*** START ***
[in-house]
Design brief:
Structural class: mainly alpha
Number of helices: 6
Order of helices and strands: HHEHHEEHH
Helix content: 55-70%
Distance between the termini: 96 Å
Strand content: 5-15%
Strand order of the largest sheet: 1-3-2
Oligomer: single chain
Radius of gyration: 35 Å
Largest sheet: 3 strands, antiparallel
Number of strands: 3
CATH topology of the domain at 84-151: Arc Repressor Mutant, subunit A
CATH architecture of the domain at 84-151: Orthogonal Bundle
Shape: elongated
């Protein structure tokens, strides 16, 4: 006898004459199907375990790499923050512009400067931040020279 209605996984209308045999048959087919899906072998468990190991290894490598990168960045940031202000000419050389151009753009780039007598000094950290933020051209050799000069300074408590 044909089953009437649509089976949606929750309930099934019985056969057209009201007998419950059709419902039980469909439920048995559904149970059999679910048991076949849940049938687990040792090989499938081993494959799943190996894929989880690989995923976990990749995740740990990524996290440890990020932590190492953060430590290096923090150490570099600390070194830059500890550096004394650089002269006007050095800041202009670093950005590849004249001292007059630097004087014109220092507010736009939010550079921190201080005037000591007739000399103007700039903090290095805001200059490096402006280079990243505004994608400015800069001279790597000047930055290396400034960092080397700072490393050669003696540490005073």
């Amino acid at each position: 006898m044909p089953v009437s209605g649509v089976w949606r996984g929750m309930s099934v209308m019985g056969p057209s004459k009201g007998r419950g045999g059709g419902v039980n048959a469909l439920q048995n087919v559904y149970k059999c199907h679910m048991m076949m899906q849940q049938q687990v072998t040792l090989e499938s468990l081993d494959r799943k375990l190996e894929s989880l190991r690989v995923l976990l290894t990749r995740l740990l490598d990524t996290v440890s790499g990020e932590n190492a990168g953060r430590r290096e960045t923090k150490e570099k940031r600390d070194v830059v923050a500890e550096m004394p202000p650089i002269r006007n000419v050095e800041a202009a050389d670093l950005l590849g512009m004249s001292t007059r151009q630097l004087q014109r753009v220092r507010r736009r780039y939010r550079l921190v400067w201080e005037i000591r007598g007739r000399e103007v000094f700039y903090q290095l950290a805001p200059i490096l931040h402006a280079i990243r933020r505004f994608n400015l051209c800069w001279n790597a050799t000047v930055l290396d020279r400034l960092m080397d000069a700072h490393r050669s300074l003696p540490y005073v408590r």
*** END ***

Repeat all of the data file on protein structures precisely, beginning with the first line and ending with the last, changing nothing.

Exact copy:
[in-house]
Design brief:
Structural class: mainly alpha
Number of helices: 6
Order of helices and strands: HHEHHEEHH
Helix content: 55-70%
Distance between the termini: 96 Å
Strand content: 5-15%
Strand order of the largest sheet: 1-3-2
Oligomer: single chain
Radius of gyration: 35 Å
Largest sheet: 3 strands, antiparallel
Number of strands: 3
CATH topology of the domain at 84-151: Arc Repressor Mutant, subunit A
CATH architecture of the domain at 84-151: Orthogonal Bundle
Shape: elongated
């Protein structure tokens, strides 16, 4: 006898004459199907375990790499923050512009400067931040020279 209605996984209308045999048959087919899906072998468990190991290894490598990168960045940031202000000419050389151009753009780039007598000094950290933020051209050799000069300074408590 044909089953009437649509089976949606929750309930099934019985056969057209009201007998419950059709419902039980469909439920048995559904149970059999679910048991076949849940049938687990040792090989499938081993494959799943190996894929989880690989995923976990990749995740740990990524996290440890990020932590190492953060430590290096923090150490570099600390070194830059500890550096004394650089002269006007050095800041202009670093950005590849004249001292007059630097004087014109220092507010736009939010550079921190201080005037000591007739000399103007700039903090290095805001200059490096402006280079990243505004994608400015800069001279790597000047930055290396400034960092080397700072490393050669003696540490005073």
């Amino acid at each position: 006898m044909p089953v009437s209605g649509v089976w949606r996984g929750m309930s099934v209308m019985g056969p057209s004459k009201g007998r419950g045999g059709g419902v039980n048959a469909l439920q048995n087919v559904y149970k059999c199907h679910m048991m076949m899906q849940q049938q687990v072998t040792l090989e499938s468990l081993d494959r799943k375990l190996e894929s989880l190991r690989v995923l976990l290894t990749r995740l740990l490598d990524t996290v440890s790499g990020e932590n190492a990168g953060r430590r290096e960045t923090k150490e570099k940031r600390d070194v830059v923050a500890e550096m004394p202000p650089i002269r006007n000419v050095e800041a202009a050389d670093l950005l590849g512009m004249s001292t007059r151009q630097l004087q014109r753009v220092r507010r736009r780039y939010r550079l921190v400067w201080e005037i000591r007598g007739r000399e103007v000094f700039y903090q290095l950290a805001p200059i490096l931040h402006a280079i990243r933020r505004f994608n400015l051209c800069w001279n790597a050799t000047v930055l290396d020279r400034l960092m080397d000069a700072h490393r050669s300074l003696p540490y005073v408590r």